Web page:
After reading the rules by which Library of Congress call numbers are sorted below, you can watch an animated example showing the rules in action. And at the bottom of the page is a link taking you to the tests, where you'll get to test your understanding of the Library of Congress rules.
- The first line is always a Letter Line and is filed alphabetically.
- The second line is a Whole Number line and is filed numerically.
- Sometimes the second line is decimalized and continued on the same line or on the third line. Anytime you see a decimal point, always take each space separately (do not consider it a whole number).
- However, generally the third line is a Cutter Line. It begins with a decimal, then a letter. Always read each digit separately in the Cutter Line. Remember if there is a decimal point, take one space at a time. The Cutter Line may also be split on two lines, but when this occurs there is only a decimal point at the very beginning of the Cutter Line.
- Other lines may include volume numbers, copy numbers, dates or a combination.
- Letters before numbers.
- Nothing comes before something.
- No date comes before a date.
- Volumes are compared before copies.
- Copies are compared before dates.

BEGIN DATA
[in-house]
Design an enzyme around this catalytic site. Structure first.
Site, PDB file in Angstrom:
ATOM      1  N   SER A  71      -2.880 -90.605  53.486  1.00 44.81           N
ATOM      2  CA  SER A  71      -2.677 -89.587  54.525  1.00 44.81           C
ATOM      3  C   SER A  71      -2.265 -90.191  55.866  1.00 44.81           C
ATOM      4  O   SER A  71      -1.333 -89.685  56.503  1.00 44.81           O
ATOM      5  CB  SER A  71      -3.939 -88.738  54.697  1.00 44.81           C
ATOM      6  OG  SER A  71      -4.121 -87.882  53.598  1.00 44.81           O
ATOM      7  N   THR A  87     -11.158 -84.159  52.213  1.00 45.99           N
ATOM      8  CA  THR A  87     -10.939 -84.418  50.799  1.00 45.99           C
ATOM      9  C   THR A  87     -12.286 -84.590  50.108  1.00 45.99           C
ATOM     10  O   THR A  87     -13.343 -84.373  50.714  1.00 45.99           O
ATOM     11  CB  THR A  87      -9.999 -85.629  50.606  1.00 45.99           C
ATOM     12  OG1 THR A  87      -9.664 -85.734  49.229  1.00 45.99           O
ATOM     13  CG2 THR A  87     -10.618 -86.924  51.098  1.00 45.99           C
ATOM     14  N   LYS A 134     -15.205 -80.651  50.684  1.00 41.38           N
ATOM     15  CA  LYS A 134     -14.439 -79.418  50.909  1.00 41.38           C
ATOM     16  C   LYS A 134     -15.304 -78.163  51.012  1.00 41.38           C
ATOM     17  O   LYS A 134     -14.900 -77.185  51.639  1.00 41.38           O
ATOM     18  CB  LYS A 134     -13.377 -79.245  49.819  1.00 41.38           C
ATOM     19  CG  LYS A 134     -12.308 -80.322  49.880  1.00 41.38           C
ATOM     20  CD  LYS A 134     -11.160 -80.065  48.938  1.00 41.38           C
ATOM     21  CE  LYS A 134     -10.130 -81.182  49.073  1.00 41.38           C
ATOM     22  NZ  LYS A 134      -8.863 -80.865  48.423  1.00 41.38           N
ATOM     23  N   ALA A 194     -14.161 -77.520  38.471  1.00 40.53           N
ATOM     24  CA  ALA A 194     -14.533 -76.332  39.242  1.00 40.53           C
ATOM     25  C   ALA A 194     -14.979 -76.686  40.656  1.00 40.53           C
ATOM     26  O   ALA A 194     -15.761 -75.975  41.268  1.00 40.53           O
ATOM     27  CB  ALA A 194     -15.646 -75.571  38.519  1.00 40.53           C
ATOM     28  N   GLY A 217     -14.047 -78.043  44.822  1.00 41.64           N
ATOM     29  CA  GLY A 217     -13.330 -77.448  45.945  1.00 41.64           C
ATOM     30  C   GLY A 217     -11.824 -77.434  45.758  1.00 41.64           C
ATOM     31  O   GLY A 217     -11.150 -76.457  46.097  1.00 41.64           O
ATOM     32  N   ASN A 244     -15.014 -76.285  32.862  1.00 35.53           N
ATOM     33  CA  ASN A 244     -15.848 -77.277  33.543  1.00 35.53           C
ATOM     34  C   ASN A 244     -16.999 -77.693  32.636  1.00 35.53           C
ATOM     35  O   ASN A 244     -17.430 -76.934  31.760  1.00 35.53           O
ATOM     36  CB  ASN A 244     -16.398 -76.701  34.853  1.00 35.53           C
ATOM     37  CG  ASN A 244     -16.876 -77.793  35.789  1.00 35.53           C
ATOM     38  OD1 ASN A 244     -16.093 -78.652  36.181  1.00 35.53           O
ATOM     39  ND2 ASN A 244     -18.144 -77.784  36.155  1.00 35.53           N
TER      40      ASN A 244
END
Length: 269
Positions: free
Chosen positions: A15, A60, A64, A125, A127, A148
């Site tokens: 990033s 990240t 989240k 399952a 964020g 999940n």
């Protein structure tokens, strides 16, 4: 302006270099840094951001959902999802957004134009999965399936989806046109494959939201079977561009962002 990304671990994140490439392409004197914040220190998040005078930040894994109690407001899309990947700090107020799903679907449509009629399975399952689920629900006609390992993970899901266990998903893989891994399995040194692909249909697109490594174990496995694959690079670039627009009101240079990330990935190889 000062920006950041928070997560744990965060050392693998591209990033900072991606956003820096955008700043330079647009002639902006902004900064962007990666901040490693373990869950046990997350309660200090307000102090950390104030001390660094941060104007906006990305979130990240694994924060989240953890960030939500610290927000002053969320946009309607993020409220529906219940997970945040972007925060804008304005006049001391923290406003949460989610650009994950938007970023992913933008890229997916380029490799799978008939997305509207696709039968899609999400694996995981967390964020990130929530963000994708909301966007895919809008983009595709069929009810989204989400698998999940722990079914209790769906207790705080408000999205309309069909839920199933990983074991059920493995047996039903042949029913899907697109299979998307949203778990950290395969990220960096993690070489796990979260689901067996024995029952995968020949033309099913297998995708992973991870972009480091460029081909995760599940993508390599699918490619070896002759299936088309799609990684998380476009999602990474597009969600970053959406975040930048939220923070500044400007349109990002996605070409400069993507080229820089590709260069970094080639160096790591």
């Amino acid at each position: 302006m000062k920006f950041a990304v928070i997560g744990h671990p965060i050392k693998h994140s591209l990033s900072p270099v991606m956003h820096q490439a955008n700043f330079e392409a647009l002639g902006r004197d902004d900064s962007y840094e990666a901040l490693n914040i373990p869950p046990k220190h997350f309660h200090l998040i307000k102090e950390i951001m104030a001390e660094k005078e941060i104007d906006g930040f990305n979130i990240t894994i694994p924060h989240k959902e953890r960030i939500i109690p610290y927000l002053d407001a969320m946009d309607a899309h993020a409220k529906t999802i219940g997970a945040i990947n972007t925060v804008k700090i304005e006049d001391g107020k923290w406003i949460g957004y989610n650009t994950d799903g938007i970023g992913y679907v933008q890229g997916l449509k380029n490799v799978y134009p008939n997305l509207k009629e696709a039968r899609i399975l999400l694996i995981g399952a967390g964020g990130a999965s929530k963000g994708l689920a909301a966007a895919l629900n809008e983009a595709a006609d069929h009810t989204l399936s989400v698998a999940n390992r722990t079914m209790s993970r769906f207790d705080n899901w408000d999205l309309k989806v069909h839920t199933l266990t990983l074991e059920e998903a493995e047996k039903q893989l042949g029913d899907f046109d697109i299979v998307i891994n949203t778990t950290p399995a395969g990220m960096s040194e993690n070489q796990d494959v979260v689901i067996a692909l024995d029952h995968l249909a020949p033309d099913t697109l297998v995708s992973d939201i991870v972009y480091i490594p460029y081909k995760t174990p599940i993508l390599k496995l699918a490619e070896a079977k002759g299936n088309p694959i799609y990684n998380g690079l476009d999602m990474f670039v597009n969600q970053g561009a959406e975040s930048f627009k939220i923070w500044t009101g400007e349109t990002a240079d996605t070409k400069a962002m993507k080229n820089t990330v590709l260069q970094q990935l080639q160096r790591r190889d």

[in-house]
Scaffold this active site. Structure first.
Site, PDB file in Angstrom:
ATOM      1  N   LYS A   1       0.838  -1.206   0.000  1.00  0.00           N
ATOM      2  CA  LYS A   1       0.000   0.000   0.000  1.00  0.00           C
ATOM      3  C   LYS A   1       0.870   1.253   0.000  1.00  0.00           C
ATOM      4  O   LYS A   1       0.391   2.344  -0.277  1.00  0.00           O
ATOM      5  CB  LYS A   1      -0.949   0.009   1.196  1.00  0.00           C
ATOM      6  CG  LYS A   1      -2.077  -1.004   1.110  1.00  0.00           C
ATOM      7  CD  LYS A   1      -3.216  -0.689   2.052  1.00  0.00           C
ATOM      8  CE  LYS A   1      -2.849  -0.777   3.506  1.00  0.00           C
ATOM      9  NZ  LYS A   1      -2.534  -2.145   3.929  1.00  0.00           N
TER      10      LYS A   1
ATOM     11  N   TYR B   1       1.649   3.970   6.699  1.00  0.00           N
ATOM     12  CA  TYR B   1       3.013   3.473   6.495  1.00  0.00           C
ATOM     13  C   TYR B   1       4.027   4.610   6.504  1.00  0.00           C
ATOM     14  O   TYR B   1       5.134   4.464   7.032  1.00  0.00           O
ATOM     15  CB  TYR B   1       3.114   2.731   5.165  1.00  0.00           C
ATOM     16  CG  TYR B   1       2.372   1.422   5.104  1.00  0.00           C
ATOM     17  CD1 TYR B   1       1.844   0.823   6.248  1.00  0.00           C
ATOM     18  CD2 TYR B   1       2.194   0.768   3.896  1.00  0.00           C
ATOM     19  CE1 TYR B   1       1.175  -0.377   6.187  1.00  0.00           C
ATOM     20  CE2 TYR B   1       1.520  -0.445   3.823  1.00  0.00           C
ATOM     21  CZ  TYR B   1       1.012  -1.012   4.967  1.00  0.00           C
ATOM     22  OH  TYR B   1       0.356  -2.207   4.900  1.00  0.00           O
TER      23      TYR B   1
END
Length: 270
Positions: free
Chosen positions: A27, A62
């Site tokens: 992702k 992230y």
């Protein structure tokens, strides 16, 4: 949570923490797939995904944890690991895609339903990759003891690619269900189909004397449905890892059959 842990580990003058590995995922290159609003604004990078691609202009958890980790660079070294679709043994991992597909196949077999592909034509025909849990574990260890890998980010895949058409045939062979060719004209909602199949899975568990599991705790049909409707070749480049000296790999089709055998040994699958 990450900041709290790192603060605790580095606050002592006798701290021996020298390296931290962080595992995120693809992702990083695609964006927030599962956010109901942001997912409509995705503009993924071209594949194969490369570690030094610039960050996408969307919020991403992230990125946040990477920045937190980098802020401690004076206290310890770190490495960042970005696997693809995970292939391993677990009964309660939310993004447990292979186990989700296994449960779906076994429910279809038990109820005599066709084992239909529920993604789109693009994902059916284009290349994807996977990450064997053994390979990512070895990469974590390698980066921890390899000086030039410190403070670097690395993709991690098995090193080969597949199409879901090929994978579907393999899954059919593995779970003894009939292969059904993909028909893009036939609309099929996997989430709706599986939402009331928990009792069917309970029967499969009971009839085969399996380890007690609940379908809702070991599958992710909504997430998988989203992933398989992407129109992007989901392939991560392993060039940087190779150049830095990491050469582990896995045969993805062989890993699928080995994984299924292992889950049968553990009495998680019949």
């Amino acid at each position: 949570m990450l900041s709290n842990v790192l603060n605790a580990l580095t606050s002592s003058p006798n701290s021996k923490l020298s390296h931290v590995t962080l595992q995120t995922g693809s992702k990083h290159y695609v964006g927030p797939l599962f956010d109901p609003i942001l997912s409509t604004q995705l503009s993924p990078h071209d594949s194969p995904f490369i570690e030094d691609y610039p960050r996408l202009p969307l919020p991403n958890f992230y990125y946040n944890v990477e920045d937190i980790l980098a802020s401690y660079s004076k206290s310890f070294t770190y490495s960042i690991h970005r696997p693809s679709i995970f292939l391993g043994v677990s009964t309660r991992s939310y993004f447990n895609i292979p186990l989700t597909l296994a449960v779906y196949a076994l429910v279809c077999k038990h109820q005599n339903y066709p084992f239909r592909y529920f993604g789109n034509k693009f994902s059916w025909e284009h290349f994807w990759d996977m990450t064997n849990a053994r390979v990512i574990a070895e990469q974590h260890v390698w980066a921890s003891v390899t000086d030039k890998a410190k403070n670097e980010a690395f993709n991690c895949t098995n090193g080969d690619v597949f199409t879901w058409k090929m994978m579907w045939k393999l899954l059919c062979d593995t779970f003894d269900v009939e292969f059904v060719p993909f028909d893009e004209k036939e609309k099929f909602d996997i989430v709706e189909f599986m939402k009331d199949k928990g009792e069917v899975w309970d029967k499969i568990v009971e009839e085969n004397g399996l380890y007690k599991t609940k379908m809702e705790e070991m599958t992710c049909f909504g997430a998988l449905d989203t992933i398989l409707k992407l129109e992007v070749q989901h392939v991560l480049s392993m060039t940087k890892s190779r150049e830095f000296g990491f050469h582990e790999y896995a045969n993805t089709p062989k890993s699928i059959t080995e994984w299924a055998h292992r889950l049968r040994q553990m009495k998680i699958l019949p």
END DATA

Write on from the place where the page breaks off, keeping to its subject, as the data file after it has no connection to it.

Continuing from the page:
- x ("little x") represents 1/2 - it comes after the letters but before numbers.
- Ignore "Undergrad" or "UrbLib" at the beginning of call numbers - these are old labels from a time where the Library was arranged differently.
Here's an animated example of some of the LC Rules - just click on the small blue triangle to get started...
And now on to the tests...
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The Library of Congress Classification System (LC)
How to read call numbers in an academic library
Libraries use classification systems to organize the books on the shelves. A classification system uses letters and/or numbers (call numbers) to arrange the books so that books on the same topic are together. This arrangement results in "serendipitous browsing:" you find one book in the catalog, go to the shelf, and, an even better book is sitting right next to it.
From the Online Catalog to the Shelf
Libraries in the United States generally use either the Library of Congress Classification System (LC) or the Dewey Decimal Classification System to organize their books. Most academic libraries use LC, and most public libraries and K-12 school libraries use Dewey.
Anatomy of a Library of Congress Call Number
Book title: Uncensored War: The Media and Vietnam
Author: Daniel C. Hallin
Call Number: DS559.46 .H35 1986
The first two lines describe the subject of the book.
DS559.45 = Vietnamese Conflict
The third line often represents the author's last name.
H = Hallin
The last line represents the date of publication.
Tips for Finding Books on the Shelf
Read call numbers line by line.
Read the first line in alphabetical order:
A, B, BF, C, D... L, LA, LB, LC, M, ML...
Read the second line as a whole number:
1, 2, 3, 45, 100, 101, 1000, 2000, 2430...
The third line is a combination of a letter and numbers. Read the letter alphabetically. Read the number as a decimal, eg:
.C65 = .65 .C724 = .724
Some call numbers have more than one combination letter-number line.
The last line is the year the book was published. Read in chronological order:
1985, 1991, 1992...
Here is a shelf of books with the call number order explained.
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